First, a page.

Since the launch of the Asian Development Bank- (ADB) sponsored Central Asia Regional Economic Cooperation (CAREC) program in 1997, regional cooperation in Central Asia has centered on transport, energy, and trade facilitation. The 500-kilometer (km) Bishkek–Torugart road in the Kyrgyz Republic is part of CAREC transport corridor 1, the shortest road linking Kashgar, a vibrant cultural and trade center in the People’s Republic of China (PRC), with the consumer markets in the northern Kyrgyz Republic, Kazakhstan, and Russian Federation. The Torugart post is a major border control and customs facility between the Kyrgyz Republic and the PRC. At appraisal, the condition of the Bishkek–Torugart road was poor. Border-crossing facilities and procedures were outdated and inefficient, and this obstructed international traffic and trade.
The CAREC Transport Corridor 1 (Bishkek–Torugart Road) Project, approved by ADB for a $20 million grant in November 2008, was to be the first of the planned three implementation phases of the Bishkek–Torugart road improvement initiative. The whole initiative would include: (i) improving 488 km of the Bishkek–Torugart road and the 20 km Bishkek bypass road; (ii) modernizing infrastructure and facilities at the Kyrgyz Republic–PRC border crossing at Torugart; and (iii) policy and institutional support in the road subsector.
The first project was envisaged to contribute to the initiative by delivering four outputs (i) an improved 39-km road section of the Bishkek–Torugart road; (ii) modernized customs infrastructure at the Kyrgyz Republic–PRC border crossing at Torugart; (iii) a transport sector master plan for 2010–2025; and (iv) a fully operational Bishkek–Torugart Road Corridor Management Department (BTRCMD). It was anticipated that the entire area along the project road would benefit from the project through economic development and increased access to markets and social services. It was also expected that completion of the project would help boost trade between the Kyrgyz Republic and the PRC.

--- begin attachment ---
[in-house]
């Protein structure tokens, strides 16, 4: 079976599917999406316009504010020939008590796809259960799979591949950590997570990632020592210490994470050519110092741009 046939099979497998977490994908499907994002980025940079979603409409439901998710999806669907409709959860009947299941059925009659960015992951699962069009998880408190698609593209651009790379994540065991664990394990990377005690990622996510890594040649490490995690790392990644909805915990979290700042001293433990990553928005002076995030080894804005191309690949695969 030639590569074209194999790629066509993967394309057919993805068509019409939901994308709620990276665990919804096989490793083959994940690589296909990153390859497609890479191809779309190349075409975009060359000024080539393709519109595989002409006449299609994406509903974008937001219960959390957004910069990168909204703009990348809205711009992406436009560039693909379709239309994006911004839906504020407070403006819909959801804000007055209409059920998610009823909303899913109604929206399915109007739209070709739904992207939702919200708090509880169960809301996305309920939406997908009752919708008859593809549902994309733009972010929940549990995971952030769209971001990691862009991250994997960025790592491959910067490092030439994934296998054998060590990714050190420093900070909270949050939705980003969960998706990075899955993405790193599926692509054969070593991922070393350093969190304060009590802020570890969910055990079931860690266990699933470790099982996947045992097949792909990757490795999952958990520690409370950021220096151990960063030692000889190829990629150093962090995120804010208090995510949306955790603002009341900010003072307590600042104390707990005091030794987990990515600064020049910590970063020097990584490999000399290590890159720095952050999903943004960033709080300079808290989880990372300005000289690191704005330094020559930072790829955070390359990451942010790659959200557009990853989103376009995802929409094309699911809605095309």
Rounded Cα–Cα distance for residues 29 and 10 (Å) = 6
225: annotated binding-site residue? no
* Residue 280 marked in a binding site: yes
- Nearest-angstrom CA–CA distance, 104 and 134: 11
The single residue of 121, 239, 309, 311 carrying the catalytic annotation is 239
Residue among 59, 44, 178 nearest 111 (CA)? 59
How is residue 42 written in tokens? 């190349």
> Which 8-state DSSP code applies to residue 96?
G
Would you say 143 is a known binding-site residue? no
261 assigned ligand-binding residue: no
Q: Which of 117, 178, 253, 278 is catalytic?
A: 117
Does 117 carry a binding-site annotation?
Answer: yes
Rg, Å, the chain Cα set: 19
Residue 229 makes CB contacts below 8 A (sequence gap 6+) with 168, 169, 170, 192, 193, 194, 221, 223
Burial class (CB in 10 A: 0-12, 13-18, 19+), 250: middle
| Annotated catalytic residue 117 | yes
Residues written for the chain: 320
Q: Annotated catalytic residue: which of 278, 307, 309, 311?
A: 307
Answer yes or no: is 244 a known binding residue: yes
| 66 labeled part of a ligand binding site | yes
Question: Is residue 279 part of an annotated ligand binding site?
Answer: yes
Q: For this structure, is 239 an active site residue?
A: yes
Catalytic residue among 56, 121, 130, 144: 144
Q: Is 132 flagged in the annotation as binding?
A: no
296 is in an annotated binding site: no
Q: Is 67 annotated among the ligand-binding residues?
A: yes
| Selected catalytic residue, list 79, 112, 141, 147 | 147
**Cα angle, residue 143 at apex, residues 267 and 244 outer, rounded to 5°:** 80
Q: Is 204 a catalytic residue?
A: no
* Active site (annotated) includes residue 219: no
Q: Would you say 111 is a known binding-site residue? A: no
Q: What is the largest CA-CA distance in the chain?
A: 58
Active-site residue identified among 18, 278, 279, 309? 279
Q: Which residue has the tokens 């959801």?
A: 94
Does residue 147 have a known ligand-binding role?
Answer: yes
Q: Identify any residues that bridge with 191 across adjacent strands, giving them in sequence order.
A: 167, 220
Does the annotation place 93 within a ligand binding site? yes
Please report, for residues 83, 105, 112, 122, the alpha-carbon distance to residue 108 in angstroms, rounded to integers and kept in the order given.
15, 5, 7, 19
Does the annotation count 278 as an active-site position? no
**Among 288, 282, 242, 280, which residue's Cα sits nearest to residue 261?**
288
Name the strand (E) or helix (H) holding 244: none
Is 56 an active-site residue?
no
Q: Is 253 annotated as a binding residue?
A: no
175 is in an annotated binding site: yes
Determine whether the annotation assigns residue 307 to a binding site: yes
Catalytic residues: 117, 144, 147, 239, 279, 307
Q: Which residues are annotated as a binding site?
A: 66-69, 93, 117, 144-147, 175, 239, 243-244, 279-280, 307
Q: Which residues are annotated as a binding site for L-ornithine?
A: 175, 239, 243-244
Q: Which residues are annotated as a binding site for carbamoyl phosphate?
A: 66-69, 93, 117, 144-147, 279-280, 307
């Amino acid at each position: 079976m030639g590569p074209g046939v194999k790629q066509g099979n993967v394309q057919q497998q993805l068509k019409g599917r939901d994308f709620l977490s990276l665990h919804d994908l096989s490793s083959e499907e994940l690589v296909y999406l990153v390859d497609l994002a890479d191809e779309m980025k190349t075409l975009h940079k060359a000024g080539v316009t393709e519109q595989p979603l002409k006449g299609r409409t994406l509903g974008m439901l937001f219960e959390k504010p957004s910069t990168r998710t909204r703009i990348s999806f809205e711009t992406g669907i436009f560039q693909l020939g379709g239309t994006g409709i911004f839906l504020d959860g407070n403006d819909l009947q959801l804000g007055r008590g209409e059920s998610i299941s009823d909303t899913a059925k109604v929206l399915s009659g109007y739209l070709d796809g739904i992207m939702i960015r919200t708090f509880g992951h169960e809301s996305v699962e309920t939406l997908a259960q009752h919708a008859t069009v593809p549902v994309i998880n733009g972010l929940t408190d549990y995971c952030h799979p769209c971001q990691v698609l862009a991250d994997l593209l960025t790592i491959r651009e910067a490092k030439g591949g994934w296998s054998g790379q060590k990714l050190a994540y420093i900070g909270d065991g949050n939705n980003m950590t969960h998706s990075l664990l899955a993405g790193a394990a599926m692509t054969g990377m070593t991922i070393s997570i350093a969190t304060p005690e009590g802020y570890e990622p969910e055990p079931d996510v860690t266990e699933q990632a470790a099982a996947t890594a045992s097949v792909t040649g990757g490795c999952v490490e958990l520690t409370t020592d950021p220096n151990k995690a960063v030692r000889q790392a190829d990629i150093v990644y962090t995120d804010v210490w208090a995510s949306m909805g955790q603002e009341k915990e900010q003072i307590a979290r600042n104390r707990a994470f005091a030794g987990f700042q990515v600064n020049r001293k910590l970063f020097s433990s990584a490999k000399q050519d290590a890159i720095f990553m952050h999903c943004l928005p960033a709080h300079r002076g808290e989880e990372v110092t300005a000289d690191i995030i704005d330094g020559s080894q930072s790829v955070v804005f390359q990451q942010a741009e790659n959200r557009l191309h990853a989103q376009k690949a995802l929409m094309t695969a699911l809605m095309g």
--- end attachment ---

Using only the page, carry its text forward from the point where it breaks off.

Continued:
Except for the customs facility component that was dropped, the project fully delivered all its planned outputs. Improvements on the road included subbase enforcement; surface repaving; construction of culverts and drainage systems, bus stations, and about 4,000 meters of sidewalks along the main road; and installation of road safety facilities. The transport sector master plan, which proposed a transport development strategy and a set of priority projects, is being used by the government as a guidance document to further develop transport subsector development plans. Advisory consultants provided by the project assessed the BTRCMD’s institutional framework and capacity, and recommended a long-term development plan (2010–2020) for strengthening the department. At project completion review (PCR), the BTRCMD was fully operational with six maintenance units, adequate staff and equipment, and assured budget.
Modernization of the customs infrastructure at Torugart was dropped, as some customs infrastructure improvements were already being undertaken by the government using its own funds. The new location of the customs infrastructure, which was planned because of harsh weather conditions and high maintenance costs at the current site, could also not be decided due to changes in government policy and weak coordination between government agencies.
Completion of the project has substantially improved the road condition in the project area. Vehicles can now travel at an average speed of 50–90 km/hour, compared with 25–35 km/hour before the project. The improved road condition has facilitated cross-border and local traffic. Average traffic on the project road in 2012 was about 648 vehicles per day, about 31% higher than estimated at appraisal. The outputs and outcome of the project carried forward the government’s development objectives and ADB’s country support strategy.
The project had the Ministry of Transport and Communications (MOTC) as executing agency. The project implementation unit (PIU) under the MOTC implemented all the project components except for customs modernization, which was assigned to the PIU under the State Customs Committee.